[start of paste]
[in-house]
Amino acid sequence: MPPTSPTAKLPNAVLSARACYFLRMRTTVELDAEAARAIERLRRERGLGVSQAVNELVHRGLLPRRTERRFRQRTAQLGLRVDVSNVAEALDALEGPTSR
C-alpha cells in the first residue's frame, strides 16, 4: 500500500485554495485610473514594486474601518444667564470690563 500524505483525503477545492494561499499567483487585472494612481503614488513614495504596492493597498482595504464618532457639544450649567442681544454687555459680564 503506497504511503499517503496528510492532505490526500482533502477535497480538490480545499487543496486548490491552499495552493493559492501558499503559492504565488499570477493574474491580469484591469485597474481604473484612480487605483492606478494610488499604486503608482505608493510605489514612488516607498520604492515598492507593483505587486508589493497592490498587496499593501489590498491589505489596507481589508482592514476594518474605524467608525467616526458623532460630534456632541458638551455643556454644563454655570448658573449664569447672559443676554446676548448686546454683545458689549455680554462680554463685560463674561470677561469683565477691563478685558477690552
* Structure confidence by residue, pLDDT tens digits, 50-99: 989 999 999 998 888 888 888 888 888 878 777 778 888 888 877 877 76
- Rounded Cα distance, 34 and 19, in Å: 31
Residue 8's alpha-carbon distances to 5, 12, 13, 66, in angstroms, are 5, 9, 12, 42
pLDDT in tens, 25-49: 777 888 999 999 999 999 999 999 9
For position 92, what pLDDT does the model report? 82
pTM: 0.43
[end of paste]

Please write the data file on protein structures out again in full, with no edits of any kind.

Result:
[in-house]
Amino acid sequence: MPPTSPTAKLPNAVLSARACYFLRMRTTVELDAEAARAIERLRRERGLGVSQAVNELVHRGLLPRRTERRFRQRTAQLGLRVDVSNVAEALDALEGPTSR
C-alpha cells in the first residue's frame, strides 16, 4: 500500500485554495485610473514594486474601518444667564470690563 500524505483525503477545492494561499499567483487585472494612481503614488513614495504596492493597498482595504464618532457639544450649567442681544454687555459680564 503506497504511503499517503496528510492532505490526500482533502477535497480538490480545499487543496486548490491552499495552493493559492501558499503559492504565488499570477493574474491580469484591469485597474481604473484612480487605483492606478494610488499604486503608482505608493510605489514612488516607498520604492515598492507593483505587486508589493497592490498587496499593501489590498491589505489596507481589508482592514476594518474605524467608525467616526458623532460630534456632541458638551455643556454644563454655570448658573449664569447672559443676554446676548448686546454683545458689549455680554462680554463685560463674561470677561469683565477691563478685558477690552
* Structure confidence by residue, pLDDT tens digits, 50-99: 989 999 999 998 888 888 888 888 888 878 777 778 888 888 877 877 76
- Rounded Cα distance, 34 and 19, in Å: 31
Residue 8's alpha-carbon distances to 5, 12, 13, 66, in angstroms, are 5, 9, 12, 42
pLDDT in tens, 25-49: 777 888 999 999 999 999 999 999 9
For position 92, what pLDDT does the model report? 82
pTM: 0.43